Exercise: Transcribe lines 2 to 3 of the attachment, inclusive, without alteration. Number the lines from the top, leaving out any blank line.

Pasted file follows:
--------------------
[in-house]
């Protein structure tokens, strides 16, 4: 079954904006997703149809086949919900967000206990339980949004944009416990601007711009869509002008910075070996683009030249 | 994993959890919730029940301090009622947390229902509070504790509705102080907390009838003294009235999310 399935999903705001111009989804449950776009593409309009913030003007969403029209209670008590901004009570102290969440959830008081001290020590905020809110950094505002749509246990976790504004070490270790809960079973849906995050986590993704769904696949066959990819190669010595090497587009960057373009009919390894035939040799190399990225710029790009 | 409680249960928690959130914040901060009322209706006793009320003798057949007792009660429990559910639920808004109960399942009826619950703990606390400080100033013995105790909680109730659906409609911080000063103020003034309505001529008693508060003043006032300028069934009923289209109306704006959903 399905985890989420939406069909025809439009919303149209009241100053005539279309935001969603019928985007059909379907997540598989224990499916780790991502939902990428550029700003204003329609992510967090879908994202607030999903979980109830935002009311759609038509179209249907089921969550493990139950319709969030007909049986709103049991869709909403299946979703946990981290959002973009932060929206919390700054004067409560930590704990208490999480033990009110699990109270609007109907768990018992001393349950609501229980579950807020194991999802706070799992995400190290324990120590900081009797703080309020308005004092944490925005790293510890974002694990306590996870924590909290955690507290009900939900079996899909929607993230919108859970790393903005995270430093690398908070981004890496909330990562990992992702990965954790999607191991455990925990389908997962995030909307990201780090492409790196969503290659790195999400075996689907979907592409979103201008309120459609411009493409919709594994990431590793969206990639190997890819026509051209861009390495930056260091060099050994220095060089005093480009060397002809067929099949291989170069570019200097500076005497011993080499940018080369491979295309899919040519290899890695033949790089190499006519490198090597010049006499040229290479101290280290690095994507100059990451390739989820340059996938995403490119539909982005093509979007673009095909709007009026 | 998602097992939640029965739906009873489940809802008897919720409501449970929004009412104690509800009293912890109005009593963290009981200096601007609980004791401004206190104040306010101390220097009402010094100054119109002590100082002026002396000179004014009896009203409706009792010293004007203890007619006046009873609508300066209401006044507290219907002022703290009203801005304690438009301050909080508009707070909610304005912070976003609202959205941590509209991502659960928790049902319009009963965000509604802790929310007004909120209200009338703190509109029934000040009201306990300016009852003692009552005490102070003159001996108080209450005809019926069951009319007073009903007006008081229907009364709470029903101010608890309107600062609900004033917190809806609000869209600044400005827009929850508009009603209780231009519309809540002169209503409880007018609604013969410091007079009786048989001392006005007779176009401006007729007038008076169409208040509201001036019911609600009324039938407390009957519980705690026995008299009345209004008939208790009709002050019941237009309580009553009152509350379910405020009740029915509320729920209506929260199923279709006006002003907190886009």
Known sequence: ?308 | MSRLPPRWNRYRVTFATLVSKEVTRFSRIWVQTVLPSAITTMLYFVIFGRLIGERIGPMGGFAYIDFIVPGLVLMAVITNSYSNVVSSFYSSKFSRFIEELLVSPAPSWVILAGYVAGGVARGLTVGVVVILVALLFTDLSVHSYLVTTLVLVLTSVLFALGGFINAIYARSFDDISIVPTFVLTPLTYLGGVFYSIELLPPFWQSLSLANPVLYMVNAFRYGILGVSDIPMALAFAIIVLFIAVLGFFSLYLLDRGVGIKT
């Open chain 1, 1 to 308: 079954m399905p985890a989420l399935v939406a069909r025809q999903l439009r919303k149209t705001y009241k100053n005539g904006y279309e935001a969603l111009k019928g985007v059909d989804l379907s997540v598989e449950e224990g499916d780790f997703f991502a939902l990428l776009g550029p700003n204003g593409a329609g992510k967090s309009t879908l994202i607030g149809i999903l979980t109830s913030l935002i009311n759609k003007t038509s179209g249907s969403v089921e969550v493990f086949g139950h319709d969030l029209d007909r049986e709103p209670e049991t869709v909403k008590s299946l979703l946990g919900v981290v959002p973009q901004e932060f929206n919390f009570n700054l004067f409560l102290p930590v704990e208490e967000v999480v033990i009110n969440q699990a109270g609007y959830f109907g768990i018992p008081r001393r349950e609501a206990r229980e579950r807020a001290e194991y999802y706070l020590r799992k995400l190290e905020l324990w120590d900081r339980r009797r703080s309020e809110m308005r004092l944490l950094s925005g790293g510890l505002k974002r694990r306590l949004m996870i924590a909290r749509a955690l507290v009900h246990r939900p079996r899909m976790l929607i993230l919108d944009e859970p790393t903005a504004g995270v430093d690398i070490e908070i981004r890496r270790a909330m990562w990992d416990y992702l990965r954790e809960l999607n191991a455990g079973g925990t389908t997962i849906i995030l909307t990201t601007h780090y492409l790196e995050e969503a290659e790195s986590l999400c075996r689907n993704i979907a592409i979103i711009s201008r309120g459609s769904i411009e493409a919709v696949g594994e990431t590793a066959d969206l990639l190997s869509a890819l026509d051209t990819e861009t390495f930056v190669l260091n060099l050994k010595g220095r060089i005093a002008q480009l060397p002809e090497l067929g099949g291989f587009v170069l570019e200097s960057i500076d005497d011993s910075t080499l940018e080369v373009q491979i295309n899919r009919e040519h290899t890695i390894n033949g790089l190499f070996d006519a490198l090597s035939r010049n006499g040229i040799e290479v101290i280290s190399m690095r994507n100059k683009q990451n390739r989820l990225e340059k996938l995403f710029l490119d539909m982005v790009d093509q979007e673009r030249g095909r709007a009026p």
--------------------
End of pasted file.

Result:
């Protein structure tokens, strides 16, 4: 079954904006997703149809086949919900967000206990339980949004944009416990601007711009869509002008910075070996683009030249 | 994993959890919730029940301090009622947390229902509070504790509705102080907390009838003294009235999310 399935999903705001111009989804449950776009593409309009913030003007969403029209209670008590901004009570102290969440959830008081001290020590905020809110950094505002749509246990976790504004070490270790809960079973849906995050986590993704769904696949066959990819190669010595090497587009960057373009009919390894035939040799190399990225710029790009 | 409680249960928690959130914040901060009322209706006793009320003798057949007792009660429990559910639920808004109960399942009826619950703990606390400080100033013995105790909680109730659906409609911080000063103020003034309505001529008693508060003043006032300028069934009923289209109306704006959903 399905985890989420939406069909025809439009919303149209009241100053005539279309935001969603019928985007059909379907997540598989224990499916780790991502939902990428550029700003204003329609992510967090879908994202607030999903979980109830935002009311759609038509179209249907089921969550493990139950319709969030007909049986709103049991869709909403299946979703946990981290959002973009932060929206919390700054004067409560930590704990208490999480033990009110699990109270609007109907768990018992001393349950609501229980579950807020194991999802706070799992995400190290324990120590900081009797703080309020308005004092944490925005790293510890974002694990306590996870924590909290955690507290009900939900079996899909929607993230919108859970790393903005995270430093690398908070981004890496909330990562990992992702990965954790999607191991455990925990389908997962995030909307990201780090492409790196969503290659790195999400075996689907979907592409979103201008309120459609411009493409919709594994990431590793969206990639190997890819026509051209861009390495930056260091060099050994220095060089005093480009060397002809067929099949291989170069570019200097500076005497011993080499940018080369491979295309899919040519290899890695033949790089190499006519490198090597010049006499040229290479101290280290690095994507100059990451390739989820340059996938995403490119539909982005093509979007673009095909709007009026 | 998602097992939640029965739906009873489940809802008897919720409501449970929004009412104690509800009293912890109005009593963290009981200096601007609980004791401004206190104040306010101390220097009402010094100054119109002590100082002026002396000179004014009896009203409706009792010293004007203890007619006046009873609508300066209401006044507290219907002022703290009203801005304690438009301050909080508009707070909610304005912070976003609202959205941590509209991502659960928790049902319009009963965000509604802790929310007004909120209200009338703190509109029934000040009201306990300016009852003692009552005490102070003159001996108080209450005809019926069951009319007073009903007006008081229907009364709470029903101010608890309107600062609900004033917190809806609000869209600044400005827009929850508009009603209780231009519309809540002169209503409880007018609604013969410091007079009786048989001392006005007779176009401006007729007038008076169409208040509201001036019911609600009324039938407390009957519980705690026995008299009345209004008939208790009709002050019941237009309580009553009152509350379910405020009740029915509320729920209506929260199923279709006006002003907190886009």
Known sequence: ?308 | MSRLPPRWNRYRVTFATLVSKEVTRFSRIWVQTVLPSAITTMLYFVIFGRLIGERIGPMGGFAYIDFIVPGLVLMAVITNSYSNVVSSFYSSKFSRFIEELLVSPAPSWVILAGYVAGGVARGLTVGVVVILVALLFTDLSVHSYLVTTLVLVLTSVLFALGGFINAIYARSFDDISIVPTFVLTPLTYLGGVFYSIELLPPFWQSLSLANPVLYMVNAFRYGILGVSDIPMALAFAIIVLFIAVLGFFSLYLLDRGVGIKT